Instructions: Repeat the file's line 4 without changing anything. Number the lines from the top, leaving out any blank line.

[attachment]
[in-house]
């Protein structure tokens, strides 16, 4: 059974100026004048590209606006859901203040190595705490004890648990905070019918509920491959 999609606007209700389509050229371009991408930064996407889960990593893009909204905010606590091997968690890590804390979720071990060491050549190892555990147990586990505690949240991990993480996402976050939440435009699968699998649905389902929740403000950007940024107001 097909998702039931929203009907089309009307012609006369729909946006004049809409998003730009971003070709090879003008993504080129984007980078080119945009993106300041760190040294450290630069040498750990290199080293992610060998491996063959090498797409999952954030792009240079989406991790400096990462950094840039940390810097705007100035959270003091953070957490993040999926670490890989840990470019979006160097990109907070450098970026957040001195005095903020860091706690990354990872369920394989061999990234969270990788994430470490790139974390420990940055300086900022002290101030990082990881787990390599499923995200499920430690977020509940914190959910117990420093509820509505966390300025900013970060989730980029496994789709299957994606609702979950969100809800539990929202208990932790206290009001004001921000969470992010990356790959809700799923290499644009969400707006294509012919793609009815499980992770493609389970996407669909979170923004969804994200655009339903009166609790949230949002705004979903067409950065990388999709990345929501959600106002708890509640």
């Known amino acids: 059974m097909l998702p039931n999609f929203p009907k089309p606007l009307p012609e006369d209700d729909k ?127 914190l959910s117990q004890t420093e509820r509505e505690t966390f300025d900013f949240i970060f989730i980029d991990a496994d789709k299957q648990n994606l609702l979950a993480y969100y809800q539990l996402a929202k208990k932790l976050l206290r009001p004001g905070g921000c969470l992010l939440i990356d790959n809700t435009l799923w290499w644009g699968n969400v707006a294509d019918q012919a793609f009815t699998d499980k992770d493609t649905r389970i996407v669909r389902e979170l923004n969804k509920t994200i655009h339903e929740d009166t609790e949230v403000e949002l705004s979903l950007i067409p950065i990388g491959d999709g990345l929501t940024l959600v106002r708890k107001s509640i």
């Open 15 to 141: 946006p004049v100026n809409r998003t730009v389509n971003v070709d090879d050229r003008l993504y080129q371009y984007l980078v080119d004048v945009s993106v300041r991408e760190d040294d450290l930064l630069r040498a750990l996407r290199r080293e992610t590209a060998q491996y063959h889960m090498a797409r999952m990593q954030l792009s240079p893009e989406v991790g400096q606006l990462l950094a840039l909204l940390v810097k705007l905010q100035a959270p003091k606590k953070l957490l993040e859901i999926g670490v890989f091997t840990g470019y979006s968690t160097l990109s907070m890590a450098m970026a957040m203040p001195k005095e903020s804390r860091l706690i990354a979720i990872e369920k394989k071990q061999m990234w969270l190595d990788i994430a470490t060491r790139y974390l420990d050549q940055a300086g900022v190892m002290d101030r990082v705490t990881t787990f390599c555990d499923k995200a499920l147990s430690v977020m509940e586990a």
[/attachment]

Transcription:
């Open 15 to 141: 946006p004049v100026n809409r998003t730009v389509n971003v070709d090879d050229r003008l993504y080129q371009y984007l980078v080119d004048v945009s993106v300041r991408e760190d040294d450290l930064l630069r040498a750990l996407r290199r080293e992610t590209a060998q491996y063959h889960m090498a797409r999952m990593q954030l792009s240079p893009e989406v991790g400096q606006l990462l950094a840039l909204l940390v810097k705007l905010q100035a959270p003091k606590k953070l957490l993040e859901i999926g670490v890989f091997t840990g470019y979006s968690t160097l990109s907070m890590a450098m970026a957040m203040p001195k005095e903020s804390r860091l706690i990354a979720i990872e369920k394989k071990q061999m990234w969270l190595d990788i994430a470490t060491r790139y974390l420990d050549q940055a300086g900022v190892m002290d101030r990082v705490t990881t787990f390599c555990d499923k995200a499920l147990s430690v977020m509940e586990a």